Over the next half century, Africa is projected to have the highest demand for higher education and the largest workforce, with Africans representing 40% of the global workforce, delegates at the event in Washington, DC heard.
In the opening plenary, Paul Tiyambe Zeleza, associate provost at Case Western Reserve University, highlighted the “remarkable growth” of universities in Africa over the past two decades, but added that “student growth is outpacing faculty growth.”
“Funmi Olonisakin, vice president for international engagement and services at King’s College London, said that African migrants are among the most educated immigrants in their country of residence and that postgraduate education must focus on ‘faculty feeding.’
Olonisakin argued that universities need to re-examine the motivation for internationalisation. “We need to adapt and engage the post-Covid reality with the changing international student population,” she said.
“Future trends have emerged. And we need to mobilize strategically,” she admitted, stating that such a “problem-solving approach” means responding to individual and societal needs.
“It is a social responsibility and requires a long-term approach. It is a journey; it’s an experiment; but we cannot do it in isolation. It requires a partnership.”
Olonisakin offered a number of recommendations, including developing simpler credit transfer and transcript evaluation systems, moving from branch campuses to co-developed programs, and leveraging resources to meet the scale of the challenge.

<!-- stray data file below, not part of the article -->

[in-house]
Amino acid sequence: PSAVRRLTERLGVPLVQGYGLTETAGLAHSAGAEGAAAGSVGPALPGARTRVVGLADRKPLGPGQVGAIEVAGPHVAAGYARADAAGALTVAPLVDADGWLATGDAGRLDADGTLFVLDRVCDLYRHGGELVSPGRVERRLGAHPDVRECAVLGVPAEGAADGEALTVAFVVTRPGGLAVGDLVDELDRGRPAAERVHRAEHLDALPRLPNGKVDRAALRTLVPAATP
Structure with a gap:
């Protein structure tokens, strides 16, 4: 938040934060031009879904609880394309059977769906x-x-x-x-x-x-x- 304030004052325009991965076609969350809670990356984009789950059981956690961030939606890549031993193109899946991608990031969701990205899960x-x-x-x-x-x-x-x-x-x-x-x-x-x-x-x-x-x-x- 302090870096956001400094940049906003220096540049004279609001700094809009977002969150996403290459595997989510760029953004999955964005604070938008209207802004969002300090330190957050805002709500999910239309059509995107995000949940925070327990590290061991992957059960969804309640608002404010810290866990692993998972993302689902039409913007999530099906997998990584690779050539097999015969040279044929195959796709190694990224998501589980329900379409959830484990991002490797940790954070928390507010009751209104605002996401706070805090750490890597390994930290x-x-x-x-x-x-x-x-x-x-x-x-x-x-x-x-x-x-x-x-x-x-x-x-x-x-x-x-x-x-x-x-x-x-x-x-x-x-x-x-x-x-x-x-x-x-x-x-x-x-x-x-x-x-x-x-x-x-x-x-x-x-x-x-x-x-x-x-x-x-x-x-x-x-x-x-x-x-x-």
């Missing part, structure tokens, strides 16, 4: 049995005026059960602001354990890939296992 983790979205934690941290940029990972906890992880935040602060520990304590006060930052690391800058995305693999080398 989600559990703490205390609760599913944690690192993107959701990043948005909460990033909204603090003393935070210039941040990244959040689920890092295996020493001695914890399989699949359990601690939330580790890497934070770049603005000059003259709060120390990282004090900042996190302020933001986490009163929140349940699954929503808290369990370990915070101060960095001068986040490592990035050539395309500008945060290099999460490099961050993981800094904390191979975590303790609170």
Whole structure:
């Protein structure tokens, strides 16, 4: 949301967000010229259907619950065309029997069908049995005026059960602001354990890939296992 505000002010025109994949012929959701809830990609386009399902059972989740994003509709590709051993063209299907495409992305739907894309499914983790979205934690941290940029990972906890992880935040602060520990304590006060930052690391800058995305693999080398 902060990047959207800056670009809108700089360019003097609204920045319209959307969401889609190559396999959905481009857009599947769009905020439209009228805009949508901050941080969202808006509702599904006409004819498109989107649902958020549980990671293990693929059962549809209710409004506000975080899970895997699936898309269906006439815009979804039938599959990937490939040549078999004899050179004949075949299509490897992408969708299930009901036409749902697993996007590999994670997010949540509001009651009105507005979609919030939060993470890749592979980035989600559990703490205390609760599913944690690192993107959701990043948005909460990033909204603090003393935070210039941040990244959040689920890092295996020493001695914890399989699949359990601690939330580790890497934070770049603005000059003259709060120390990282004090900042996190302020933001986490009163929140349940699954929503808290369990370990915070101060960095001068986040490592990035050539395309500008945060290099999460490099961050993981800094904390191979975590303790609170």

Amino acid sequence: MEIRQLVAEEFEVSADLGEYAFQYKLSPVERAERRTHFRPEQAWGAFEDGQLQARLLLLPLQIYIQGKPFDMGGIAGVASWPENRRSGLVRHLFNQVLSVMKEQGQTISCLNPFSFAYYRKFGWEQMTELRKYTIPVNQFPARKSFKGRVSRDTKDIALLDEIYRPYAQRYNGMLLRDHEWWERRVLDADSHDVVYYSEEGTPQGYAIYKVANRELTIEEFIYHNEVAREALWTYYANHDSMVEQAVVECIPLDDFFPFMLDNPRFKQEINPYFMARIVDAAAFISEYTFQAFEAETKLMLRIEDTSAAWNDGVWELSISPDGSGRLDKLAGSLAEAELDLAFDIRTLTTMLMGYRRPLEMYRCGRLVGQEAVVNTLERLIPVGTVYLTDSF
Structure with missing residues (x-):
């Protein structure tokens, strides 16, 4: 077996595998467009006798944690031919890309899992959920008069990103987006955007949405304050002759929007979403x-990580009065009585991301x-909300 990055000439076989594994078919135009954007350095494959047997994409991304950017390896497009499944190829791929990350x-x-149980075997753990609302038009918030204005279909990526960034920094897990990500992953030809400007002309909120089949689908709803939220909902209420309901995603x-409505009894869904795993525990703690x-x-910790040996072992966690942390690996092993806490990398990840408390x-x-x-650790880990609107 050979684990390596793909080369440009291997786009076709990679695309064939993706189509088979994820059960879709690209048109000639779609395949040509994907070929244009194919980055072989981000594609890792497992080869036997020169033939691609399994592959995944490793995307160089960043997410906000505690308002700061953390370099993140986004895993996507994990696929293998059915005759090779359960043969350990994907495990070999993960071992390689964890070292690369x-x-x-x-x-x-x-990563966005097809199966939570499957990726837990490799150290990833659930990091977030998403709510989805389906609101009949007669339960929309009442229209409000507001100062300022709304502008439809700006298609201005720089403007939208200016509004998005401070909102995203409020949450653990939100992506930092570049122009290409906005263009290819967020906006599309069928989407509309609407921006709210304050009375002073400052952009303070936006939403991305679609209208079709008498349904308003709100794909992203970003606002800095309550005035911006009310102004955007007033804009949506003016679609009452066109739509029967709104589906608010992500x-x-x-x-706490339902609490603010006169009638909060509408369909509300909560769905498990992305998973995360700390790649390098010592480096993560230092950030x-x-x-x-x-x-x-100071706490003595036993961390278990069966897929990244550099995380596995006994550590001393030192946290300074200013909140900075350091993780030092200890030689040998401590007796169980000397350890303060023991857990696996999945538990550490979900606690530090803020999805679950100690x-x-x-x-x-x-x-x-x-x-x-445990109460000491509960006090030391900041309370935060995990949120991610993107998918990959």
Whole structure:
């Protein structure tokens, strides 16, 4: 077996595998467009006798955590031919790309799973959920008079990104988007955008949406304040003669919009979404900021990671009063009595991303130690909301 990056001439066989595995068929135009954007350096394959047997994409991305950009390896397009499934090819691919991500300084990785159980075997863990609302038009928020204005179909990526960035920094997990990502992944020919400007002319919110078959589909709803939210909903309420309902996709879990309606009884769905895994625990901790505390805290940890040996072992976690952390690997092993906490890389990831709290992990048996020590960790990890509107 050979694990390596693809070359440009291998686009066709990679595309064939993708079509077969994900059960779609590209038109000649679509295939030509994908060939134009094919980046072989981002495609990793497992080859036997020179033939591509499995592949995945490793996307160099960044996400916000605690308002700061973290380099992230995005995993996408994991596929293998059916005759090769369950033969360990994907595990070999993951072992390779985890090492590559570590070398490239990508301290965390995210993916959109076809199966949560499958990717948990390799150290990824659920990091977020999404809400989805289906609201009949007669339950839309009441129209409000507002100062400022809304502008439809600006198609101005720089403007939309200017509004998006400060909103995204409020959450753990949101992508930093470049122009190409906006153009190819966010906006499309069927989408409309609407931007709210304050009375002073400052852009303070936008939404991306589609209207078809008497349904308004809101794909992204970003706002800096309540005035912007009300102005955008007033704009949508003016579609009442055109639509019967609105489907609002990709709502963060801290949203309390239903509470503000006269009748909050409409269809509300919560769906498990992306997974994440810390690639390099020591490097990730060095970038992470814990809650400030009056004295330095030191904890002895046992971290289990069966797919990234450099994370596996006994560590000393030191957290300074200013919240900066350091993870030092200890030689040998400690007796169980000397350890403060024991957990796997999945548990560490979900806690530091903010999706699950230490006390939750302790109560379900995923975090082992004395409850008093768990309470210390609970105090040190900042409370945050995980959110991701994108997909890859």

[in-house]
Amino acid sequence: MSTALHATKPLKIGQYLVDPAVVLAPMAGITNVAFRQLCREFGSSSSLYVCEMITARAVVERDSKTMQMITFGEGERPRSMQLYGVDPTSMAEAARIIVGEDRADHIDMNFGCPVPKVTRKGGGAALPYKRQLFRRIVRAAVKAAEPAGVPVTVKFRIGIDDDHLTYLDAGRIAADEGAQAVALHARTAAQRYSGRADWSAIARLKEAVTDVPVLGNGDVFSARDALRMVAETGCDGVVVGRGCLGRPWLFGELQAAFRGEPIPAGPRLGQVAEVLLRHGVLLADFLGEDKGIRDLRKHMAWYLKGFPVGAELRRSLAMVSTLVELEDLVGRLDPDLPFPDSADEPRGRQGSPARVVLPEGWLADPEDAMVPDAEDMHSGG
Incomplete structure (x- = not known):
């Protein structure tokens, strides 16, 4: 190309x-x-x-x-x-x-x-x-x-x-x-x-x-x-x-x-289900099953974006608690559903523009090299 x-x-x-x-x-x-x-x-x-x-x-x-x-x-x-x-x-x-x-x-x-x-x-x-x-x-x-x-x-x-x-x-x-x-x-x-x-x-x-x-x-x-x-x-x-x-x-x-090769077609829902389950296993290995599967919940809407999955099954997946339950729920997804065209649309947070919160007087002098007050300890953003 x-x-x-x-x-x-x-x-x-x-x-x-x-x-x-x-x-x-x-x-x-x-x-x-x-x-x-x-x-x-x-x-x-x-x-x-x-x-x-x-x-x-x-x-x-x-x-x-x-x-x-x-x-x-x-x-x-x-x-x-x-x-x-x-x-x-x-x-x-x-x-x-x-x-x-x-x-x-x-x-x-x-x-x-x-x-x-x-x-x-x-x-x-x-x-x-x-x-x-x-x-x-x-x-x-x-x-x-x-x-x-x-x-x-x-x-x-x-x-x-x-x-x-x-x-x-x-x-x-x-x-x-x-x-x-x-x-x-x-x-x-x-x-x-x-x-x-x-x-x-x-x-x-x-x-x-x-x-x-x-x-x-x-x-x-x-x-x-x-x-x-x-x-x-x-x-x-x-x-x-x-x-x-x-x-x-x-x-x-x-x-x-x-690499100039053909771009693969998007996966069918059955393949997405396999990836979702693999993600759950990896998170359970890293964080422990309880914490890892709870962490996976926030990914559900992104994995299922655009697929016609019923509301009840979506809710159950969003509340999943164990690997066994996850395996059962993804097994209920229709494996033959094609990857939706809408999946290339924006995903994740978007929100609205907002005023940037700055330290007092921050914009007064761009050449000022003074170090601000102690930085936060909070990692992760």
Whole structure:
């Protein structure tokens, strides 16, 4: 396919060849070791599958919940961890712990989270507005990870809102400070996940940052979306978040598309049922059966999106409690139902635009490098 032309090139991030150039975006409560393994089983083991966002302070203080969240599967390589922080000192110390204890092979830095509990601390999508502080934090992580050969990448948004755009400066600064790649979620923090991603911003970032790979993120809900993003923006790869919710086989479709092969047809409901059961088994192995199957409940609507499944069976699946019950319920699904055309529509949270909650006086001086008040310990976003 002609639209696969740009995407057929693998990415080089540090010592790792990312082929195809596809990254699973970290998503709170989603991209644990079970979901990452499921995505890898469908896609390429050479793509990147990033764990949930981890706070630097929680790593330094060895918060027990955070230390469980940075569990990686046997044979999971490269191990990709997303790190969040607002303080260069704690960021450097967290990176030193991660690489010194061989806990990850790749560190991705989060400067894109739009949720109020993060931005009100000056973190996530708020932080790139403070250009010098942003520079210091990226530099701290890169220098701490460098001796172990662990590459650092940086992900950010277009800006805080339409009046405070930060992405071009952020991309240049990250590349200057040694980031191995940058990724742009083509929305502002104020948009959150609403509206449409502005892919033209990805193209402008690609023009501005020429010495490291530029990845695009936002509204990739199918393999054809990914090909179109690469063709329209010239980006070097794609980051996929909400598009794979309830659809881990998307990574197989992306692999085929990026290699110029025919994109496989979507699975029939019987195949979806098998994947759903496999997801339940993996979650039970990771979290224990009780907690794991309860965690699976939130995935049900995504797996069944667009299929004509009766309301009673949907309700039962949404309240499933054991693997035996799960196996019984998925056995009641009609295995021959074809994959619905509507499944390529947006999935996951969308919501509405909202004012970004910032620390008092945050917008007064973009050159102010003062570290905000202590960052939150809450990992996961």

“We need to rethink the TNE partnership structure”
“We need to rethink the TNE partnership structure so that it does not only cater to partners in the Global North.”
Speak with PIE News following the keynote, Olonisakin highlighted key insights to promote enhanced cooperation between the global North and South.
“We have the same needs. We have the same challenges locally and globally. We have some of the best students in the world who may not be able to afford higher education,” she said.
She recommended that to address this issue systematically, leaders must find local and global like-minded partners who are interested in working together. “We need to triangulate the partnership in a way that works. The challenges may be the same, but it’s the hit point that may be different. So how it’s important to build partnerships,” she noted.
The British Council also hosted a panel at the conference to present its Innovation for African Universities program and discuss the role of internationalization in strengthening university entrepreneurship ecosystems.
The regional director of higher education programs in sub-Saharan Africa for the British Council, Adetomi Soyinka, spoke of the “side hustle culture” that exploded during the pandemic as many schools closed and mass layoffs took place.
“Many young graduates have ended up unemployed or employed and underpaid, an interesting development that has become too crucial to be ignored, especially during the Covid-19 pandemic which has closed schools for long periods of time,” Soyinka said. IAU was developed to provide a platform for students to hone their entrepreneurial skills.
Duval van Zijl, climate director of the LaunchLab at Stellenbosch University, argued that although Africa contributes only 3% to global carbon emissions, “population growth projections suggest that the continent is set to start now, the process of adopting low-carbon products. ensure a secure future’.
From tackling climate change, to using drones to grow crops, to solar cookers built to reduce greenhouse gas emissions, the panelists shared numerous innovative startups developed by students in the IAU program.
To date, IAU supports 35 projects in more than 80 universities with almost 400 partners and more than 7,000 students.
The IAU is one example of a highly effective practice that is strengthening Africa’s position in the HE sector. And the leaders called for an increase in similar partnerships and programs that strengthen Africa’s geopolitical position.
“There must be massive investment in capital and capacity to build Africa in the global economy,” Zeleza concluded.